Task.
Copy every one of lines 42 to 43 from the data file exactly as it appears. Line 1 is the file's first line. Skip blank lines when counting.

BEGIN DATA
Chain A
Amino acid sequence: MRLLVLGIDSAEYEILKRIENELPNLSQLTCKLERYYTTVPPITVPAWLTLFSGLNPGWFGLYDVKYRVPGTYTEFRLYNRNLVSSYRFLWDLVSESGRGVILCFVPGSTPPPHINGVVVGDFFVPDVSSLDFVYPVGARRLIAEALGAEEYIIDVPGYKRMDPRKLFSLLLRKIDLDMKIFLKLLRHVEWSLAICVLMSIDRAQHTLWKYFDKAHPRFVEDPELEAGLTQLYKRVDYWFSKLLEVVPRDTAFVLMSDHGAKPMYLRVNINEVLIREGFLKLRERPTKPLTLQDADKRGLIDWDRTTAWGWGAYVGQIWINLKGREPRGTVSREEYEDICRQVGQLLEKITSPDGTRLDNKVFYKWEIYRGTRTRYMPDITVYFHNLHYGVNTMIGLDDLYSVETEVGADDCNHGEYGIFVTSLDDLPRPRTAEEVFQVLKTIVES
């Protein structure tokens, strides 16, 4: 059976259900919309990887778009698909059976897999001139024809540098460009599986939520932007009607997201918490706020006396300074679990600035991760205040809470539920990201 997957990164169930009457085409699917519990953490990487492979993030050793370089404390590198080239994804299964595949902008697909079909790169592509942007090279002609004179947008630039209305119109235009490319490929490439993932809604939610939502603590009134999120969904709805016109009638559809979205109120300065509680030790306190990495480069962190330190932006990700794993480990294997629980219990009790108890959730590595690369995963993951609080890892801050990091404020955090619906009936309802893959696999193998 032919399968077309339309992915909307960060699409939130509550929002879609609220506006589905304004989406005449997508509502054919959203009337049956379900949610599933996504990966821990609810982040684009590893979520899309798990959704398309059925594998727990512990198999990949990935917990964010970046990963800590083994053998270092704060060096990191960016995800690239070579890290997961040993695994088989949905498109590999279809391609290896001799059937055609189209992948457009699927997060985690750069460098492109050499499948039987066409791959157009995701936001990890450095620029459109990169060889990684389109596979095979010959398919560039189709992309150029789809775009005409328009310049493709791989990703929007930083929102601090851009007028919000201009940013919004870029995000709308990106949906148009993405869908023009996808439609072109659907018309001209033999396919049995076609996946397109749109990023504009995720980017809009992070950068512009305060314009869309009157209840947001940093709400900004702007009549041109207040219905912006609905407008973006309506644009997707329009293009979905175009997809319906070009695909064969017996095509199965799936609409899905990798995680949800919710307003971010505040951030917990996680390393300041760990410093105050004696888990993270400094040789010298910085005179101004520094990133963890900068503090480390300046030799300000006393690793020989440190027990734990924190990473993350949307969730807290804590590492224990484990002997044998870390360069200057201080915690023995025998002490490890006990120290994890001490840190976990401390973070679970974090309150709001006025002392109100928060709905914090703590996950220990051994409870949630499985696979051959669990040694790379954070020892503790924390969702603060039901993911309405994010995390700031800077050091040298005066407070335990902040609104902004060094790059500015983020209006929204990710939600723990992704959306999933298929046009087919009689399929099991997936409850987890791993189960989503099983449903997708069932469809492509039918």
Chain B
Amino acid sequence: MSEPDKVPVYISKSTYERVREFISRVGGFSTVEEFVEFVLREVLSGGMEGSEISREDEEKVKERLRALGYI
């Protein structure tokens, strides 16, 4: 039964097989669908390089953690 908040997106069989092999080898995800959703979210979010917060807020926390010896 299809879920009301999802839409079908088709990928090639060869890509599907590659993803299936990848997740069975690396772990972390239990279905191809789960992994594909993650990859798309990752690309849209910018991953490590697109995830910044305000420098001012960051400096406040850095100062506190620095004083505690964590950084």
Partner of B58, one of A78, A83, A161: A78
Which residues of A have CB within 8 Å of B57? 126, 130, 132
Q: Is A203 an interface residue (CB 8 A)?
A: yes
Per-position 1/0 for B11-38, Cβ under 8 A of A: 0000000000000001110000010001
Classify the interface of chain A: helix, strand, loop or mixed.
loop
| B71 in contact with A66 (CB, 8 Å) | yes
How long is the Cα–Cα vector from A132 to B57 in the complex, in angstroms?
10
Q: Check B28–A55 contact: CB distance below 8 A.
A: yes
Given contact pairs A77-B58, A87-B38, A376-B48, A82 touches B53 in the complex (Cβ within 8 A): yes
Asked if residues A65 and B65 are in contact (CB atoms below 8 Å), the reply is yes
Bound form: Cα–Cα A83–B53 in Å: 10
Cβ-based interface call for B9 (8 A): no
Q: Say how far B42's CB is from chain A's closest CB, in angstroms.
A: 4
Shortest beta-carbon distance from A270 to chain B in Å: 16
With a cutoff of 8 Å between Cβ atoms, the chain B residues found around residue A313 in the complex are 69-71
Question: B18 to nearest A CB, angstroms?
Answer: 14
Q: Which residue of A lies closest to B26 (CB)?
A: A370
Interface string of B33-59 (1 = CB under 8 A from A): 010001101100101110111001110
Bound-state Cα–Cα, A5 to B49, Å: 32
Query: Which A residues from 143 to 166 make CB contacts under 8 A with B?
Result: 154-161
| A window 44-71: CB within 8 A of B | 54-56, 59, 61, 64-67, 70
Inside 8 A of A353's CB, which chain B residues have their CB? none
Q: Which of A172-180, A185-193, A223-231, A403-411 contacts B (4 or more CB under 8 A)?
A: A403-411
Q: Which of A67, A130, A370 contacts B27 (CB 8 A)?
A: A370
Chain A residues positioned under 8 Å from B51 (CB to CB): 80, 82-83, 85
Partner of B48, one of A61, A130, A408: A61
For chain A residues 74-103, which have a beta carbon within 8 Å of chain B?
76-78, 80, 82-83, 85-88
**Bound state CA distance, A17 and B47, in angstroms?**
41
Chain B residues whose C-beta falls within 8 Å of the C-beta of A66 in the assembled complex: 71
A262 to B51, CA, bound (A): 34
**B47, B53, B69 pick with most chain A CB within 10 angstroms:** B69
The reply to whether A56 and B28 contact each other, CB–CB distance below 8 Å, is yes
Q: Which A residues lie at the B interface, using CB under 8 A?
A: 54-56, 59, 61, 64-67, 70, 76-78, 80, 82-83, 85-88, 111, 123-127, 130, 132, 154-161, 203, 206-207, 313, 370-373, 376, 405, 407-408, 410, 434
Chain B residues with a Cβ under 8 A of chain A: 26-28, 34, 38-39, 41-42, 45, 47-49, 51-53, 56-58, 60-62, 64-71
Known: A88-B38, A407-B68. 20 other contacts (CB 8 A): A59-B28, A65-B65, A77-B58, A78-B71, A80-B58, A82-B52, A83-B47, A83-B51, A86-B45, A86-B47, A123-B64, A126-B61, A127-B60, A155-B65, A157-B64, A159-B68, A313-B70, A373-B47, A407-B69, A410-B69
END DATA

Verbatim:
Partner of B48, one of A61, A130, A408: A61
For chain A residues 74-103, which have a beta carbon within 8 Å of chain B?